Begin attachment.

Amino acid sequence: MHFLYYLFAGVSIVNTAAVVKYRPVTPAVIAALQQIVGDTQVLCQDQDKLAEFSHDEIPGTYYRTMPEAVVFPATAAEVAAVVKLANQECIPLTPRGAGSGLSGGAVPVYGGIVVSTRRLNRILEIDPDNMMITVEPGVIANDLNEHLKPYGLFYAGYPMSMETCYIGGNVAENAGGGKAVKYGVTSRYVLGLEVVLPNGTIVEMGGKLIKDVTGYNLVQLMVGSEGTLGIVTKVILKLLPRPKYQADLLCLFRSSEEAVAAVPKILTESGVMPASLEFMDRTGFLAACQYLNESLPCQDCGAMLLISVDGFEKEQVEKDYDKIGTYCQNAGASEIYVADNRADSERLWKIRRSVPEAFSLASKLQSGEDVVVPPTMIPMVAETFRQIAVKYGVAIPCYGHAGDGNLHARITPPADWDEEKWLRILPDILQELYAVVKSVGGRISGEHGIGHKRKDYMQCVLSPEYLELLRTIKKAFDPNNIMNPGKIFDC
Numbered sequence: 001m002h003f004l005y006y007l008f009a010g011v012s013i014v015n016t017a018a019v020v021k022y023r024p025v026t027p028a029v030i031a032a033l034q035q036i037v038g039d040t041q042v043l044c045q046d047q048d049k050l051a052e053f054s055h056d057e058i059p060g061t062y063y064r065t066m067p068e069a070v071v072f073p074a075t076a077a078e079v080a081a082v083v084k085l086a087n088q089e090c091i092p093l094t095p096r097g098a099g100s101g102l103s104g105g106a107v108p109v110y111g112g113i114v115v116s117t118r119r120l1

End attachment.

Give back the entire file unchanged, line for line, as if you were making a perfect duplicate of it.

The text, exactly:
Amino acid sequence: MHFLYYLFAGVSIVNTAAVVKYRPVTPAVIAALQQIVGDTQVLCQDQDKLAEFSHDEIPGTYYRTMPEAVVFPATAAEVAAVVKLANQECIPLTPRGAGSGLSGGAVPVYGGIVVSTRRLNRILEIDPDNMMITVEPGVIANDLNEHLKPYGLFYAGYPMSMETCYIGGNVAENAGGGKAVKYGVTSRYVLGLEVVLPNGTIVEMGGKLIKDVTGYNLVQLMVGSEGTLGIVTKVILKLLPRPKYQADLLCLFRSSEEAVAAVPKILTESGVMPASLEFMDRTGFLAACQYLNESLPCQDCGAMLLISVDGFEKEQVEKDYDKIGTYCQNAGASEIYVADNRADSERLWKIRRSVPEAFSLASKLQSGEDVVVPPTMIPMVAETFRQIAVKYGVAIPCYGHAGDGNLHARITPPADWDEEKWLRILPDILQELYAVVKSVGGRISGEHGIGHKRKDYMQCVLSPEYLELLRTIKKAFDPNNIMNPGKIFDC
Numbered sequence: 001m002h003f004l005y006y007l008f009a010g011v012s013i014v015n016t017a018a019v020v021k022y023r024p025v026t027p028a029v030i031a032a033l034q035q036i037v038g039d040t041q042v043l044c045q046d047q048d049k050l051a052e053f054s055h056d057e058i059p060g061t062y063y064r065t066m067p068e069a070v071v072f073p074a075t076a077a078e079v080a081a082v083v084k085l086a087n088q089e090c091i092p093l094t095p096r097g098a099g100s101g102l103s104g105g106a107v108p109v110y111g112g113i114v115v116s117t118r119r120l1